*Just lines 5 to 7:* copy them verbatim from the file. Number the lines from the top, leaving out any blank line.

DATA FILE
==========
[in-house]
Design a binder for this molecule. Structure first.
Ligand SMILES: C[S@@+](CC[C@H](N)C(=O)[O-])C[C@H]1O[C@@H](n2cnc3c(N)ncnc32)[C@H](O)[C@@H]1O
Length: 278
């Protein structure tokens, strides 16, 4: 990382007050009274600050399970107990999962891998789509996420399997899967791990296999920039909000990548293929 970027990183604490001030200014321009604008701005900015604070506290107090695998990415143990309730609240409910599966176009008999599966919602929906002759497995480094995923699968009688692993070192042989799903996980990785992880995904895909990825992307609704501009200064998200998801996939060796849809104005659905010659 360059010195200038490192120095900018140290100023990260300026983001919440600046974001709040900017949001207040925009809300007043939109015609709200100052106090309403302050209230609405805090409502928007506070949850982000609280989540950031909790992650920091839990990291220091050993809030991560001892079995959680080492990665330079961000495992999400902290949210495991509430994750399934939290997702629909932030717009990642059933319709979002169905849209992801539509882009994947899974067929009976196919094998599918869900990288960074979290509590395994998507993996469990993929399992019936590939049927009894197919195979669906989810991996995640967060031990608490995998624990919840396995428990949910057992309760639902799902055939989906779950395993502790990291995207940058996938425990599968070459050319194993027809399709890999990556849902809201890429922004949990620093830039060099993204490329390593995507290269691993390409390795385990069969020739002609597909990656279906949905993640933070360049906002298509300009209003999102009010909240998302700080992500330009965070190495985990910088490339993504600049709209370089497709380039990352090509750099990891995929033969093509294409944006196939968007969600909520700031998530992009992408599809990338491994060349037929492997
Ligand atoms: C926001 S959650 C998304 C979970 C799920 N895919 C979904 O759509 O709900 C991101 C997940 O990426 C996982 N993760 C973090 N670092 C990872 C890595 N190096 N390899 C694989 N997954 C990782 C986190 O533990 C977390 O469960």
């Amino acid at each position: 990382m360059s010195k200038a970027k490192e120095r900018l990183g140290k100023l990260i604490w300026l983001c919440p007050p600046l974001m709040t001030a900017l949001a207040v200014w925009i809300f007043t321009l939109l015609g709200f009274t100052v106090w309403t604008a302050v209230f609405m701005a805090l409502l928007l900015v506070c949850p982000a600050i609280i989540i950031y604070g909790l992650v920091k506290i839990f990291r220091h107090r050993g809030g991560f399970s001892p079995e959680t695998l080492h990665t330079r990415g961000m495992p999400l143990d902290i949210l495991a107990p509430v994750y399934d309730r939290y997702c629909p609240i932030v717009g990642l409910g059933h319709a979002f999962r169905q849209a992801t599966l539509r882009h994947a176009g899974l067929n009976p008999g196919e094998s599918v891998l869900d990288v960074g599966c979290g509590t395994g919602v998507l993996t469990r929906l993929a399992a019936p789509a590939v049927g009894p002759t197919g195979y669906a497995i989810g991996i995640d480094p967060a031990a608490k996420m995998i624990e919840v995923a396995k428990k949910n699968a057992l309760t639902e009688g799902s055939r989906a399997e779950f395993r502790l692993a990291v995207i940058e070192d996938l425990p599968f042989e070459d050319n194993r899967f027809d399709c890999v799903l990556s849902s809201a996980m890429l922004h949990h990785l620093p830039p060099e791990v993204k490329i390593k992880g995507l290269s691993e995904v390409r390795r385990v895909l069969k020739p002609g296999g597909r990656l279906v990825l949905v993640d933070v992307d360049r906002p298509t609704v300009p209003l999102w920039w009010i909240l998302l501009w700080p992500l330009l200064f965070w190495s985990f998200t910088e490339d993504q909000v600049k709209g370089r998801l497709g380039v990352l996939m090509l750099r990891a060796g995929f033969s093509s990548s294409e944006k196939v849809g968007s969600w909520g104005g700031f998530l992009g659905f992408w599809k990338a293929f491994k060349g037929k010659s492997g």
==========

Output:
């Protein structure tokens, strides 16, 4: 990382007050009274600050399970107990999962891998789509996420399997899967791990296999920039909000990548293929 970027990183604490001030200014321009604008701005900015604070506290107090695998990415143990309730609240409910599966176009008999599966919602929906002759497995480094995923699968009688692993070192042989799903996980990785992880995904895909990825992307609704501009200064998200998801996939060796849809104005659905010659 360059010195200038490192120095900018140290100023990260300026983001919440600046974001709040900017949001207040925009809300007043939109015609709200100052106090309403302050209230609405805090409502928007506070949850982000609280989540950031909790992650920091839990990291220091050993809030991560001892079995959680080492990665330079961000495992999400902290949210495991509430994750399934939290997702629909932030717009990642059933319709979002169905849209992801539509882009994947899974067929009976196919094998599918869900990288960074979290509590395994998507993996469990993929399992019936590939049927009894197919195979669906989810991996995640967060031990608490995998624990919840396995428990949910057992309760639902799902055939989906779950395993502790990291995207940058996938425990599968070459050319194993027809399709890999990556849902809201890429922004949990620093830039060099993204490329390593995507290269691993390409390795385990069969020739002609597909990656279906949905993640933070360049906002298509300009209003999102009010909240998302700080992500330009965070190495985990910088490339993504600049709209370089497709380039990352090509750099990891995929033969093509294409944006196939968007969600909520700031998530992009992408599809990338491994060349037929492997
Ligand atoms: C926001 S959650 C998304 C979970 C799920 N895919 C979904 O759509 O709900 C991101 C997940 O990426 C996982 N993760 C973090 N670092 C990872 C890595 N190096 N390899 C694989 N997954 C990782 C986190 O533990 C977390 O469960």
């Amino acid at each position: 990382m360059s010195k200038a970027k490192e120095r900018l990183g140290k100023l990260i604490w300026l983001c919440p007050p600046l974001m709040t001030a900017l949001a207040v200014w925009i809300f007043t321009l939109l015609g709200f009274t100052v106090w309403t604008a302050v209230f609405m701005a805090l409502l928007l900015v506070c949850p982000a600050i609280i989540i950031y604070g909790l992650v920091k506290i839990f990291r220091h107090r050993g809030g991560f399970s001892p079995e959680t695998l080492h990665t330079r990415g961000m495992p999400l143990d902290i949210l495991a107990p509430v994750y399934d309730r939290y997702c629909p609240i932030v717009g990642l409910g059933h319709a979002f999962r169905q849209a992801t599966l539509r882009h994947a176009g899974l067929n009976p008999g196919e094998s599918v891998l869900d990288v960074g599966c979290g509590t395994g919602v998507l993996t469990r929906l993929a399992a019936p789509a590939v049927g009894p002759t197919g195979y669906a497995i989810g991996i995640d480094p967060a031990a608490k996420m995998i624990e919840v995923a396995k428990k949910n699968a057992l309760t639902e009688g799902s055939r989906a399997e779950f395993r502790l692993a990291v995207i940058e070192d996938l425990p599968f042989e070459d050319n194993r899967f027809d399709c890999v799903l990556s849902s809201a996980m890429l922004h949990h990785l620093p830039p060099e791990v993204k490329i390593k992880g995507l290269s691993e995904v390409r390795r385990v895909l069969k020739p002609g296999g597909r990656l279906v990825l949905v993640d933070v992307d360049r906002p298509t609704v300009p209003l999102w920039w009010i909240l998302l501009w700080p992500l330009l200064f965070w190495s985990f998200t910088e490339d993504q909000v600049k709209g370089r998801l497709g380039v990352l996939m090509l750099r990891a060796g995929f033969s093509s990548s294409e944006k196939v849809g968007s969600w909520g104005g700031f998530l992009g659905f992408w599809k990338a293929f491994k060349g037929k010659s492997g």